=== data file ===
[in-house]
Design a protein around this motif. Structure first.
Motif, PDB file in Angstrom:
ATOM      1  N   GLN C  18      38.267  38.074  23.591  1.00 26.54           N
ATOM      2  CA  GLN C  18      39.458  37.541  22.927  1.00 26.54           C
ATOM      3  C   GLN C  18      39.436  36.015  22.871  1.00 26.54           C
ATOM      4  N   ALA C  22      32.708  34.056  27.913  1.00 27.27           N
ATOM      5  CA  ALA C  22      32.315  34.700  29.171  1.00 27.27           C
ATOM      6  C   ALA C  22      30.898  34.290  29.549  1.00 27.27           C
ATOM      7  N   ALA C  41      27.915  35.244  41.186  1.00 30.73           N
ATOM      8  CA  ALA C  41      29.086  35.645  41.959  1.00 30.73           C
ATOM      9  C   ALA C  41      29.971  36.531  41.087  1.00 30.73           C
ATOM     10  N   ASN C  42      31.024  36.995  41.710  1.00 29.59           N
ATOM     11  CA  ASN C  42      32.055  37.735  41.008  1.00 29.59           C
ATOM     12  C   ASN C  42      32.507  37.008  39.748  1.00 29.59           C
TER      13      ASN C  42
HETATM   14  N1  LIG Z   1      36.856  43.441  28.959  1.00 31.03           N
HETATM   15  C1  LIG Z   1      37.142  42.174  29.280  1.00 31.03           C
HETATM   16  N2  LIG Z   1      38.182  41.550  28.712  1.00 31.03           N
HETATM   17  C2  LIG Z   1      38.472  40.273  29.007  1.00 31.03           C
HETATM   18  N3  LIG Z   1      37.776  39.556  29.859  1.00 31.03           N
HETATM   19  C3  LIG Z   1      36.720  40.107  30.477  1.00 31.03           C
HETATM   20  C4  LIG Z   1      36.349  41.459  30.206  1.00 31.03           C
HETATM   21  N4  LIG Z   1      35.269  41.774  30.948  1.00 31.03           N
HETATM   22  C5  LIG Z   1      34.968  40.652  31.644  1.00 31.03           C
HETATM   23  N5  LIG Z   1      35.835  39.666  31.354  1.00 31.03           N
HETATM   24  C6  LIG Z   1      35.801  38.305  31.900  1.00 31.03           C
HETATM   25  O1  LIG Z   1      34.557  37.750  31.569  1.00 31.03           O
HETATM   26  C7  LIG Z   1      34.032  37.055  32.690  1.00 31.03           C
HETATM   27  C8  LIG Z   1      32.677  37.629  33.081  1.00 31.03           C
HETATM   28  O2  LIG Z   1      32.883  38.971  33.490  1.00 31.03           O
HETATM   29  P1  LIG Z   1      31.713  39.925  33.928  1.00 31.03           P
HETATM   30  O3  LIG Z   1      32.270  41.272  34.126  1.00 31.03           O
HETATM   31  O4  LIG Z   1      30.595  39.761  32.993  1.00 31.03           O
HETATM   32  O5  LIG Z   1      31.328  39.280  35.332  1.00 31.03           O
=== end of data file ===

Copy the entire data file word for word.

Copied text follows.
[in-house]
Design a protein around this motif. Structure first.
Motif, PDB file in Angstrom:
ATOM      1  N   GLN C  18      38.267  38.074  23.591  1.00 26.54           N
ATOM      2  CA  GLN C  18      39.458  37.541  22.927  1.00 26.54           C
ATOM      3  C   GLN C  18      39.436  36.015  22.871  1.00 26.54           C
ATOM      4  N   ALA C  22      32.708  34.056  27.913  1.00 27.27           N
ATOM      5  CA  ALA C  22      32.315  34.700  29.171  1.00 27.27           C
ATOM      6  C   ALA C  22      30.898  34.290  29.549  1.00 27.27           C
ATOM      7  N   ALA C  41      27.915  35.244  41.186  1.00 30.73           N
ATOM      8  CA  ALA C  41      29.086  35.645  41.959  1.00 30.73           C
ATOM      9  C   ALA C  41      29.971  36.531  41.087  1.00 30.73           C
ATOM     10  N   ASN C  42      31.024  36.995  41.710  1.00 29.59           N
ATOM     11  CA  ASN C  42      32.055  37.735  41.008  1.00 29.59           C
ATOM     12  C   ASN C  42      32.507  37.008  39.748  1.00 29.59           C
TER      13      ASN C  42
HETATM   14  N1  LIG Z   1      36.856  43.441  28.959  1.00 31.03           N
HETATM   15  C1  LIG Z   1      37.142  42.174  29.280  1.00 31.03           C
HETATM   16  N2  LIG Z   1      38.182  41.550  28.712  1.00 31.03           N
HETATM   17  C2  LIG Z   1      38.472  40.273  29.007  1.00 31.03           C
HETATM   18  N3  LIG Z   1      37.776  39.556  29.859  1.00 31.03           N
HETATM   19  C3  LIG Z   1      36.720  40.107  30.477  1.00 31.03           C
HETATM   20  C4  LIG Z   1      36.349  41.459  30.206  1.00 31.03           C
HETATM   21  N4  LIG Z   1      35.269  41.774  30.948  1.00 31.03           N
HETATM   22  C5  LIG Z   1      34.968  40.652  31.644  1.00 31.03           C
HETATM   23  N5  LIG Z   1      35.835  39.666  31.354  1.00 31.03           N
HETATM   24  C6  LIG Z   1      35.801  38.305  31.900  1.00 31.03           C
HETATM   25  O1  LIG Z   1      34.557  37.750  31.569  1.00 31.03           O
HETATM   26  C7  LIG Z   1      34.032  37.055  32.690  1.00 31.03           C
HETATM   27  C8  LIG Z   1      32.677  37.629  33.081  1.00 31.03           C
HETATM   28  O2  LIG Z   1      32.883  38.971  33.490  1.00 31.03           O
HETATM   29  P1  LIG Z   1      31.713  39.925  33.928  1.00 31.03           P
HETATM   30  O3  LIG Z   1      32.270  41.272  34.126  1.00 31.03           O
HETATM   31  O4  LIG Z   1      30.595  39.761  32.993  1.00 31.03           O
HETATM   32  O5  LIG Z   1      31.328  39.280  35.332  1.00 31.03           O